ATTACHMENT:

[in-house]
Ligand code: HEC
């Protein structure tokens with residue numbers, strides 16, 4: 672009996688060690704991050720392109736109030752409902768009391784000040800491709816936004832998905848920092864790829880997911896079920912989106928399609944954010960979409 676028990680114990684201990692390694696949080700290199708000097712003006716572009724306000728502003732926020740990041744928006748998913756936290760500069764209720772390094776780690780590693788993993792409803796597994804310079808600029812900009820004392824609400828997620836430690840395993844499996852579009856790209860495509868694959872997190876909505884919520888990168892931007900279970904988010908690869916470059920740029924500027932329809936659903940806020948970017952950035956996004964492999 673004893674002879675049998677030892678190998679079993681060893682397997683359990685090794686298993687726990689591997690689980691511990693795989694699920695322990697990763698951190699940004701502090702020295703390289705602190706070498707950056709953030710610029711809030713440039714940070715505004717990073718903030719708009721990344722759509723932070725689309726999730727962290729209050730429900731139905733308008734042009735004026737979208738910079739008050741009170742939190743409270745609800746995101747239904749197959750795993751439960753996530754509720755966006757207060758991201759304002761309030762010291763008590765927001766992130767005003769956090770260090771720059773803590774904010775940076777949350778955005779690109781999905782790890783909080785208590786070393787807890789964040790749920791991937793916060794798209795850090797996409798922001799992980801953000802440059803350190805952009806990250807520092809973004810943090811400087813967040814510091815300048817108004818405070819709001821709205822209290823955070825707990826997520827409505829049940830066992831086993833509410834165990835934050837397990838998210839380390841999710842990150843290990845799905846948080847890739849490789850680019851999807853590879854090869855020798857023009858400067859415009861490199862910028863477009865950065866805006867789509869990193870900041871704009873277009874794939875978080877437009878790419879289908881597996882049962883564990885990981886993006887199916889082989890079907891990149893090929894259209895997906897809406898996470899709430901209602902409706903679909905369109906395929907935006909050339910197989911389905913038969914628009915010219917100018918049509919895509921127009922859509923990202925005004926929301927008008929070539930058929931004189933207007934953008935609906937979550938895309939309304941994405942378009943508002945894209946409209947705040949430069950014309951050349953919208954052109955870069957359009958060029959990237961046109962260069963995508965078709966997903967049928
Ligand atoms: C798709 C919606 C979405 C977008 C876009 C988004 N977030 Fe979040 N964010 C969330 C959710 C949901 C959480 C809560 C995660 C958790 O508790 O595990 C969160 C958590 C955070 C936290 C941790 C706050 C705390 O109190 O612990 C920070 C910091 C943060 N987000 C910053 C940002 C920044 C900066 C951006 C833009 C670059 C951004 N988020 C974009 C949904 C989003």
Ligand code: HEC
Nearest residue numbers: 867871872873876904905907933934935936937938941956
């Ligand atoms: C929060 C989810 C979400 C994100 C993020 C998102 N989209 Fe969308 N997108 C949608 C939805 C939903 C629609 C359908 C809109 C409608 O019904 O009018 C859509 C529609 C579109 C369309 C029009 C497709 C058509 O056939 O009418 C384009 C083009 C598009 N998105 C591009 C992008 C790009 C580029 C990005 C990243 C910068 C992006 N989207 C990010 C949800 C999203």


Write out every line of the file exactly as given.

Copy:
[in-house]
Ligand code: HEC
């Protein structure tokens with residue numbers, strides 16, 4: 672009996688060690704991050720392109736109030752409902768009391784000040800491709816936004832998905848920092864790829880997911896079920912989106928399609944954010960979409 676028990680114990684201990692390694696949080700290199708000097712003006716572009724306000728502003732926020740990041744928006748998913756936290760500069764209720772390094776780690780590693788993993792409803796597994804310079808600029812900009820004392824609400828997620836430690840395993844499996852579009856790209860495509868694959872997190876909505884919520888990168892931007900279970904988010908690869916470059920740029924500027932329809936659903940806020948970017952950035956996004964492999 673004893674002879675049998677030892678190998679079993681060893682397997683359990685090794686298993687726990689591997690689980691511990693795989694699920695322990697990763698951190699940004701502090702020295703390289705602190706070498707950056709953030710610029711809030713440039714940070715505004717990073718903030719708009721990344722759509723932070725689309726999730727962290729209050730429900731139905733308008734042009735004026737979208738910079739008050741009170742939190743409270745609800746995101747239904749197959750795993751439960753996530754509720755966006757207060758991201759304002761309030762010291763008590765927001766992130767005003769956090770260090771720059773803590774904010775940076777949350778955005779690109781999905782790890783909080785208590786070393787807890789964040790749920791991937793916060794798209795850090797996409798922001799992980801953000802440059803350190805952009806990250807520092809973004810943090811400087813967040814510091815300048817108004818405070819709001821709205822209290823955070825707990826997520827409505829049940830066992831086993833509410834165990835934050837397990838998210839380390841999710842990150843290990845799905846948080847890739849490789850680019851999807853590879854090869855020798857023009858400067859415009861490199862910028863477009865950065866805006867789509869990193870900041871704009873277009874794939875978080877437009878790419879289908881597996882049962883564990885990981886993006887199916889082989890079907891990149893090929894259209895997906897809406898996470899709430901209602902409706903679909905369109906395929907935006909050339910197989911389905913038969914628009915010219917100018918049509919895509921127009922859509923990202925005004926929301927008008929070539930058929931004189933207007934953008935609906937979550938895309939309304941994405942378009943508002945894209946409209947705040949430069950014309951050349953919208954052109955870069957359009958060029959990237961046109962260069963995508965078709966997903967049928
Ligand atoms: C798709 C919606 C979405 C977008 C876009 C988004 N977030 Fe979040 N964010 C969330 C959710 C949901 C959480 C809560 C995660 C958790 O508790 O595990 C969160 C958590 C955070 C936290 C941790 C706050 C705390 O109190 O612990 C920070 C910091 C943060 N987000 C910053 C940002 C920044 C900066 C951006 C833009 C670059 C951004 N988020 C974009 C949904 C989003």
Ligand code: HEC
Nearest residue numbers: 867871872873876904905907933934935936937938941956
């Ligand atoms: C929060 C989810 C979400 C994100 C993020 C998102 N989209 Fe969308 N997108 C949608 C939805 C939903 C629609 C359908 C809109 C409608 O019904 O009018 C859509 C529609 C579109 C369309 C029009 C497709 C058509 O056939 O009418 C384009 C083009 C598009 N998105 C591009 C992008 C790009 C580029 C990005 C990243 C910068 C992006 N989207 C990010 C949800 C999203």